HomeNewsIndian Telcos Want Netflix, Hotstar to Remove HD Streaming Options Temporarily

Indian Telcos Want Netflix, Hotstar to Remove HD Streaming Options Temporarily

With stay-at-home work and social distancing becoming a way of life, streaming services like Netflix, Hotstar and others are seeing their traffic shoot up exponentially, and ISPs in India are not happy. Mobile service providers in the country have reportedly sought the intervention of the telecom department and the home ministry to force at least 12 major video streaming platforms, including Amazon, Netflix, YouTube and Hotstar, to reduce their video qualities to ease some of the pressure on the network infrastructure.

Speaking to ET, Rajan Mathews, the director general of telecom industry body, COAI, said: “We’ve written to DoT (Department of Telecommunications) and the home ministry that it’s absolutely essential for the video streaming service providers/broadcasters to cooperate with phone companies and manage their traffic distribution patterns to ensure they don’t strain telco network infrastructure…”.

According to ET, the carriers have called on the video streaming companies to not only temporarily migrate from HD to standard definition for their movies and serials, but even suspend video ads and pop-ups to ease network load. While some streaming platforms, like Netflix and MX Player, said they are already taking steps to reduce bandwidth consumption without compromising on the quality of streaming, there’s no word on what the others are doing to address the situation.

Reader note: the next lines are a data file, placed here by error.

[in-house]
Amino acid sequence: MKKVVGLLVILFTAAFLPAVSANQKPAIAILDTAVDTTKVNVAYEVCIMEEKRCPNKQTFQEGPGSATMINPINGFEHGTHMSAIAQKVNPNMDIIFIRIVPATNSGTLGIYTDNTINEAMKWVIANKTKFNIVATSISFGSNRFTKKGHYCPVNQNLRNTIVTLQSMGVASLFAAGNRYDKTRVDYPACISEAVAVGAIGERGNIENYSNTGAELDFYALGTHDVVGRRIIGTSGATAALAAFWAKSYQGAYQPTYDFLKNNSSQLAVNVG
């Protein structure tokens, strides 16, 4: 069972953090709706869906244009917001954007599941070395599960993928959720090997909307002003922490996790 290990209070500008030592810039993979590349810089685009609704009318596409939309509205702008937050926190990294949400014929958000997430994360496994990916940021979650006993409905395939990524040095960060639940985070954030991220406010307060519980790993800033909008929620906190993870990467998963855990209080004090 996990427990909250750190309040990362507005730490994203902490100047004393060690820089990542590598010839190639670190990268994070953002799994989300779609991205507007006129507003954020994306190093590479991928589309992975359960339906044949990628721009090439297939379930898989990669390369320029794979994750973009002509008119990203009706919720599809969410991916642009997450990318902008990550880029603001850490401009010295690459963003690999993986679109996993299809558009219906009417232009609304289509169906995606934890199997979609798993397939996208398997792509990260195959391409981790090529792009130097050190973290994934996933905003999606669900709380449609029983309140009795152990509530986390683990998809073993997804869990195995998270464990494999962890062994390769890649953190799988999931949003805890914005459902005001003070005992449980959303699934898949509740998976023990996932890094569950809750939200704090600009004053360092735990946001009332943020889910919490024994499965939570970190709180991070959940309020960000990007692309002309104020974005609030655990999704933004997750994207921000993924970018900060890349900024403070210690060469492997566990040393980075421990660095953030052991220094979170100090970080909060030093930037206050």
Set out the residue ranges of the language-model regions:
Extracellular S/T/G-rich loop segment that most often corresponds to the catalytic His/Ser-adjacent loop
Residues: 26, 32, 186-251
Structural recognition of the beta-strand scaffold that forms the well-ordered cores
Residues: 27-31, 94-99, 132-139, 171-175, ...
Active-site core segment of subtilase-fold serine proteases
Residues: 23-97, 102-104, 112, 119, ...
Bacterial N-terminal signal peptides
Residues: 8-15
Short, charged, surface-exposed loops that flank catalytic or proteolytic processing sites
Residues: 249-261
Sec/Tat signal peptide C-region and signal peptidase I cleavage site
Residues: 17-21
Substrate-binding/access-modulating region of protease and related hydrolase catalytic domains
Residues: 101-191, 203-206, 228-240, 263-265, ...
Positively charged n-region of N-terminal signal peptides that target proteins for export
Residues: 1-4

The demand from ISPs in India follows similar diktats from the EU, which last week ordered Netflix and YouTube to reduce their streaming quality in the region to ease the load on telecom infrastructure. According to German internet exchange company, DE-CIX, average data traffic at its main network node in Frankfurt increased more than 10 percent in recent weeks, including hitting a record 9.1 terabits per second data throughput, largely due to a 50 percent increase in video-conferencing traffic and a 25 percent increase in cloud-gaming and social media use.

SOURCE – The Economic Times


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